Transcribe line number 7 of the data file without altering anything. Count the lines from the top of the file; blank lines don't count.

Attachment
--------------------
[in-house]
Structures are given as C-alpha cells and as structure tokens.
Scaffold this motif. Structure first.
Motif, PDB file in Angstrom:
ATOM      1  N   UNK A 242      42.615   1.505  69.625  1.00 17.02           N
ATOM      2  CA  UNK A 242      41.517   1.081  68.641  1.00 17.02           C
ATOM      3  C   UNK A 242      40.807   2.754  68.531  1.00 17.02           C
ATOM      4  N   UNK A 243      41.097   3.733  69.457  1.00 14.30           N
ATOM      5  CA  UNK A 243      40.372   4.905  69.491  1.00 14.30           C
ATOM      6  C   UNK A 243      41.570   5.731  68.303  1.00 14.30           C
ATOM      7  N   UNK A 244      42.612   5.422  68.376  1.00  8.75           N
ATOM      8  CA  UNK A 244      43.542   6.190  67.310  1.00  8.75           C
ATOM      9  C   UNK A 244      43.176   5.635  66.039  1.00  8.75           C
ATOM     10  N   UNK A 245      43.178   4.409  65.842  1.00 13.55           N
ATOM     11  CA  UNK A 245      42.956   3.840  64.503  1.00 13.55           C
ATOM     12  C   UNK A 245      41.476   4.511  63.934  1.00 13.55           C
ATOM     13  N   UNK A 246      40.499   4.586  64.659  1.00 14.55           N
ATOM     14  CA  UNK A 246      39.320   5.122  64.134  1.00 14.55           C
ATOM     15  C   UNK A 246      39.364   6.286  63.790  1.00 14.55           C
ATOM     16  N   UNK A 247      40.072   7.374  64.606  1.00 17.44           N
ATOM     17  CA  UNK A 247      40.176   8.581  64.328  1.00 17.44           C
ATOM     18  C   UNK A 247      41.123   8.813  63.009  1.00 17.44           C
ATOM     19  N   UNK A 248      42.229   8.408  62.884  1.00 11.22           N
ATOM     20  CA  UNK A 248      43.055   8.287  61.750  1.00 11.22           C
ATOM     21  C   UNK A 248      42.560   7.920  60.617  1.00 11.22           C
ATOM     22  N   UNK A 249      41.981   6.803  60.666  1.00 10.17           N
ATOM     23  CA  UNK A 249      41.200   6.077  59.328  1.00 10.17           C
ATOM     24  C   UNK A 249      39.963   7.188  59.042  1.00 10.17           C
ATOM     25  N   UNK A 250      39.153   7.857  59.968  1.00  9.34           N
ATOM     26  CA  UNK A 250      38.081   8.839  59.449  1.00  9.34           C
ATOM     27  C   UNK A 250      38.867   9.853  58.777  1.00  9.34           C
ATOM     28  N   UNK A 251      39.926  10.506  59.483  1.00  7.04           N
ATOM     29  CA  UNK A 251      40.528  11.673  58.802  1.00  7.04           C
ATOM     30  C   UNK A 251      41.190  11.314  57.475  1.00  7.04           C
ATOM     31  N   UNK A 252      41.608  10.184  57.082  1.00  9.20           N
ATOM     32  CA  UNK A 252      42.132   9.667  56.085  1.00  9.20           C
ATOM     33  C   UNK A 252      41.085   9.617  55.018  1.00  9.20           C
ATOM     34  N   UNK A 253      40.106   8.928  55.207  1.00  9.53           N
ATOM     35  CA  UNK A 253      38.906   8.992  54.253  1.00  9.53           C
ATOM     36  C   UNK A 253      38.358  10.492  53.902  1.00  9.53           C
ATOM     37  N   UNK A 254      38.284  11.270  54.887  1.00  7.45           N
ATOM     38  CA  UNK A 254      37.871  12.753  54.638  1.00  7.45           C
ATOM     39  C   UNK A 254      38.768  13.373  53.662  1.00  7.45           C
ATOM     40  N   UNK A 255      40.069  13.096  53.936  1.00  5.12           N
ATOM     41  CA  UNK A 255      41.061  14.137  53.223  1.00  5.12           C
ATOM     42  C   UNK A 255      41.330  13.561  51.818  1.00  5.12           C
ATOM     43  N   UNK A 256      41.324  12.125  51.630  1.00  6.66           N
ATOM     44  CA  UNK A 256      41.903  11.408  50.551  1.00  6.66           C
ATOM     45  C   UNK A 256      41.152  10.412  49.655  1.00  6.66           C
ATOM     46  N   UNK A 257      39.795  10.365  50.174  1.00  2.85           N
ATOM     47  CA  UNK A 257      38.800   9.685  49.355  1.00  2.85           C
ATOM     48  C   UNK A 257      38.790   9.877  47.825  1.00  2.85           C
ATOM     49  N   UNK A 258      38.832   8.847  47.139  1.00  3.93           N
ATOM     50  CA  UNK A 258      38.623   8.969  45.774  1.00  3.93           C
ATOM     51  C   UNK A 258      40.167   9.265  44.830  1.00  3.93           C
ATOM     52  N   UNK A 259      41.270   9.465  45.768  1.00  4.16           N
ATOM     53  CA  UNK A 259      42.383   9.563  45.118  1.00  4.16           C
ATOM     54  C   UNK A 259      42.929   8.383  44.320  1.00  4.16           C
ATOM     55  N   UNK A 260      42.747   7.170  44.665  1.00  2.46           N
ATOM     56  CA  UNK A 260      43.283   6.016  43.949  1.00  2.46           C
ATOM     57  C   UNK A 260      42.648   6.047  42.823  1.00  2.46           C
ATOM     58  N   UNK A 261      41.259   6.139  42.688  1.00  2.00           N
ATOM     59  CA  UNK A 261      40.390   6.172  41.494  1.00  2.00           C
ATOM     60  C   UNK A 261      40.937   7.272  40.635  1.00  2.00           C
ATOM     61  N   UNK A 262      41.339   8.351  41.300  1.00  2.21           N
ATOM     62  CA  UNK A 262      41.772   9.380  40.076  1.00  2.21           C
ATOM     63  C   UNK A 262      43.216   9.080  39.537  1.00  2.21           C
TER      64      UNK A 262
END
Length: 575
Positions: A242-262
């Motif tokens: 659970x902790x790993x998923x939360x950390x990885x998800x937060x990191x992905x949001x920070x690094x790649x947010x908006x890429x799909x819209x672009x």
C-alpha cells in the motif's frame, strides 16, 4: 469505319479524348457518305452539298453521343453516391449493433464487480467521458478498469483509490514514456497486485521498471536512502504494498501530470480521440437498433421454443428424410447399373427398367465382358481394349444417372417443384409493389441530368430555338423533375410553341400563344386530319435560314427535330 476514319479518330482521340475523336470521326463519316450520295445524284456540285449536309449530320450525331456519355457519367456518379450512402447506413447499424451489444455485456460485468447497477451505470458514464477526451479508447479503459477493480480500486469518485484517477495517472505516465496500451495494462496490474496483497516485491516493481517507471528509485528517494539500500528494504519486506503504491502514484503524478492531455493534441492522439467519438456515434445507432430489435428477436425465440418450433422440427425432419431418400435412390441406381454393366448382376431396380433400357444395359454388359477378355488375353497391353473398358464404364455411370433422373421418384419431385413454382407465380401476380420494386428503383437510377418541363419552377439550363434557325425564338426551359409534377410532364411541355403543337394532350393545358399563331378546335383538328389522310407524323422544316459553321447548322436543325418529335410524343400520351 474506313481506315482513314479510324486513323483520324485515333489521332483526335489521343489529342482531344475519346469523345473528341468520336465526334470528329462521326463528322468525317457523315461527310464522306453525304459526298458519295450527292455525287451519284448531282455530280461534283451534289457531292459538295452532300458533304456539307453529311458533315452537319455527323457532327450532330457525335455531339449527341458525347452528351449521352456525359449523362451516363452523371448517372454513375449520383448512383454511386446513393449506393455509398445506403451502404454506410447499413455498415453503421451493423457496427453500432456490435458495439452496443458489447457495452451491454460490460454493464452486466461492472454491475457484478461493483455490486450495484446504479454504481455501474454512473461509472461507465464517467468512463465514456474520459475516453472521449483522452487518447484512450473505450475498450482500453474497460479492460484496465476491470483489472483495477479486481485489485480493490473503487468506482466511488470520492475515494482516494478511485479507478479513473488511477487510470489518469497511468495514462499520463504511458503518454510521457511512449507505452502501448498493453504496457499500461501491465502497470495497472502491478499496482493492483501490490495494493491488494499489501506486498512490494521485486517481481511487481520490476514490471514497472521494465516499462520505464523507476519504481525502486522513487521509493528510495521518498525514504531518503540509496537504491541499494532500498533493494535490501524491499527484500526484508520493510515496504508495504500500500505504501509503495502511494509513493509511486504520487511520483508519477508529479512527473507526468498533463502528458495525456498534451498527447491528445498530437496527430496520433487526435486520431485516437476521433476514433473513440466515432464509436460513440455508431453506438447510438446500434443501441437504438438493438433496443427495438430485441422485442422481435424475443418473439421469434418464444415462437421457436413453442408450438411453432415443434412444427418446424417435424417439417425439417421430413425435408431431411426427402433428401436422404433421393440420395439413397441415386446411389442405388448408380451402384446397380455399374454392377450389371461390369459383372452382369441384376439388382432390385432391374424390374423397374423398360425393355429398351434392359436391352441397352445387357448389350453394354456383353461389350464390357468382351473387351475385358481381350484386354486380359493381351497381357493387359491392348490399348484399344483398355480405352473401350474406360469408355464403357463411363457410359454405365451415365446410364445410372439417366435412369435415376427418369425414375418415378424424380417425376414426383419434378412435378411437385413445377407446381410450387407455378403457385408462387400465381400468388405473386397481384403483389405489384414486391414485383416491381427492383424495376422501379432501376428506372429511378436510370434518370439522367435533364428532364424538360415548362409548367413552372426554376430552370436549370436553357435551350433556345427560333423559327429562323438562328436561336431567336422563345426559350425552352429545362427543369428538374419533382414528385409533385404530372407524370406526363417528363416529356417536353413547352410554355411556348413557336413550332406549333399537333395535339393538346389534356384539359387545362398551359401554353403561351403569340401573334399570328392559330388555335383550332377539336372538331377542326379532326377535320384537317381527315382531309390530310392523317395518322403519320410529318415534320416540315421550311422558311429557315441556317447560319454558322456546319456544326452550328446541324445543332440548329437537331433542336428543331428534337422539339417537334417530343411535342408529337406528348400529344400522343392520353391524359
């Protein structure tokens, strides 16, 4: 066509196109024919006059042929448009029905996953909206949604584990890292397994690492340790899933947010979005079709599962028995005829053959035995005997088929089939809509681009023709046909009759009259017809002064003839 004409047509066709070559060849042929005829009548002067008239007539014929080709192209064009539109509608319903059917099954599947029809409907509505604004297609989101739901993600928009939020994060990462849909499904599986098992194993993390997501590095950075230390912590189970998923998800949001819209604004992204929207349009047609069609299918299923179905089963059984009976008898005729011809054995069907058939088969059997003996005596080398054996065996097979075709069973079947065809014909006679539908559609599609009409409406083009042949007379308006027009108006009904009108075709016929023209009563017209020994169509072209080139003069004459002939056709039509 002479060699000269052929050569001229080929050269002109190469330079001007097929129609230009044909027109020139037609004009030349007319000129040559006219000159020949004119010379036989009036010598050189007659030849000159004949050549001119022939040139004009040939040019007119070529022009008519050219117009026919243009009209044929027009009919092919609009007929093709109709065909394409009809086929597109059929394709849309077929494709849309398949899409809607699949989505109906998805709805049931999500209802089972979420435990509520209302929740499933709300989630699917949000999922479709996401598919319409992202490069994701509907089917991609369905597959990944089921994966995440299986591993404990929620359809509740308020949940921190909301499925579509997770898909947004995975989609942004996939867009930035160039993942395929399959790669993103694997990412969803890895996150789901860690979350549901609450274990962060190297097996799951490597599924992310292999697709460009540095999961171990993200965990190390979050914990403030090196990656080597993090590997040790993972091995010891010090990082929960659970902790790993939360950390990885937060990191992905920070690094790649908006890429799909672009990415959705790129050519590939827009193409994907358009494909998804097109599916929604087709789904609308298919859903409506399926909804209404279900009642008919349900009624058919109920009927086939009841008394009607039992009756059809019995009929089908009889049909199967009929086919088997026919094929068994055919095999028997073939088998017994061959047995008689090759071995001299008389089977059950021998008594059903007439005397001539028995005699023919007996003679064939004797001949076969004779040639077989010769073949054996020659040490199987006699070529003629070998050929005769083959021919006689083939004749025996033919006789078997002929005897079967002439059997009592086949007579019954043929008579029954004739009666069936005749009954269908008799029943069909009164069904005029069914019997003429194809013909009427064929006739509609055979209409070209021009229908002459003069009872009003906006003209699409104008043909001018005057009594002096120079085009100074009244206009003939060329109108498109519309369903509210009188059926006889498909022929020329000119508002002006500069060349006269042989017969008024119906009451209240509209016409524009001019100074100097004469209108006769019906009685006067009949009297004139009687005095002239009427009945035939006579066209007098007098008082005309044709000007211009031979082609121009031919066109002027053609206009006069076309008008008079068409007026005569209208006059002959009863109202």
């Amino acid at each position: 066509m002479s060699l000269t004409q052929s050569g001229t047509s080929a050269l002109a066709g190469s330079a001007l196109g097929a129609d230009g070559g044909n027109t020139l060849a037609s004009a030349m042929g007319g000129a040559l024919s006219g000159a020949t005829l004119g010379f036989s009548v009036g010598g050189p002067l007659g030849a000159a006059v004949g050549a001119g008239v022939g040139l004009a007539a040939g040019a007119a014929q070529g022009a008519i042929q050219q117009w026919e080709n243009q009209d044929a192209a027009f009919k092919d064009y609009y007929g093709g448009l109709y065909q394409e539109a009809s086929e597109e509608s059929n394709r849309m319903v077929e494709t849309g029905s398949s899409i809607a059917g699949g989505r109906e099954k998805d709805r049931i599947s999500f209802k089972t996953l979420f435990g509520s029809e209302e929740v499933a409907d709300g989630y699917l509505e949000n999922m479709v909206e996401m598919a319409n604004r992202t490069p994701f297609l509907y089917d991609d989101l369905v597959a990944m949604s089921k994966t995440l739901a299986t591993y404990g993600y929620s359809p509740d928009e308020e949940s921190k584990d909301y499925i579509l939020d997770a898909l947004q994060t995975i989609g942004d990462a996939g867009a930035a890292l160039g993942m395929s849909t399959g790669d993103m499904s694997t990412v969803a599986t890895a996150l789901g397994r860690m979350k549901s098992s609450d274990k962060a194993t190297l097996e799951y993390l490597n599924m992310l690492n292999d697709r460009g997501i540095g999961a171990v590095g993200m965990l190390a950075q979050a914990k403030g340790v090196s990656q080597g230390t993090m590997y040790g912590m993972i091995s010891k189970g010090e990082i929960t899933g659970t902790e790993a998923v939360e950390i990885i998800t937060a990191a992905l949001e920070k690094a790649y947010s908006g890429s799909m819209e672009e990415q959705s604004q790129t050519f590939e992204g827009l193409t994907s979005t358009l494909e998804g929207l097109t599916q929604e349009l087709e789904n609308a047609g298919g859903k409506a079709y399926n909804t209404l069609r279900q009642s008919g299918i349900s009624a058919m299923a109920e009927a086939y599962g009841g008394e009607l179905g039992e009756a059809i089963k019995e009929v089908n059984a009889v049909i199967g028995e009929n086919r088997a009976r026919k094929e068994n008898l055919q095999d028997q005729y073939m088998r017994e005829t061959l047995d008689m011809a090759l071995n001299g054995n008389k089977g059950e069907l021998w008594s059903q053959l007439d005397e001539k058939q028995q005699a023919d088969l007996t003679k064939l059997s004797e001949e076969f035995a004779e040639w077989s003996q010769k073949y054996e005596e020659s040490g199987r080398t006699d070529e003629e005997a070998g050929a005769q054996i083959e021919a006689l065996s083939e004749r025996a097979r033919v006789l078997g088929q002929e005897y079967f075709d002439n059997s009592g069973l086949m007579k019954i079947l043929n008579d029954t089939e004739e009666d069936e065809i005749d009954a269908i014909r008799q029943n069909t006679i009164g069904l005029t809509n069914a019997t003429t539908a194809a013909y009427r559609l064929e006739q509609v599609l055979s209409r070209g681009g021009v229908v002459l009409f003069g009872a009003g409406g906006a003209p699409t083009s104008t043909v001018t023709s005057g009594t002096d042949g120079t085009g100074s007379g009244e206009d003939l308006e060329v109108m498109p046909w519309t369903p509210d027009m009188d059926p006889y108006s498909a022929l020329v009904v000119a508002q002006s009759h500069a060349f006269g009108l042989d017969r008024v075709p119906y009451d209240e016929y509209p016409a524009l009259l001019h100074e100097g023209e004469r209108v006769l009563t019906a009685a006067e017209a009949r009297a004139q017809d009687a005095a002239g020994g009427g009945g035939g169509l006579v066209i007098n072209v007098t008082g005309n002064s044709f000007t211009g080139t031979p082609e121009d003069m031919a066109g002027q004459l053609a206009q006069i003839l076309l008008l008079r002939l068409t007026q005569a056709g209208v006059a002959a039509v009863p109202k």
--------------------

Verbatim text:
ATOM      3  C   UNK A 242      40.807   2.754  68.531  1.00 17.02           C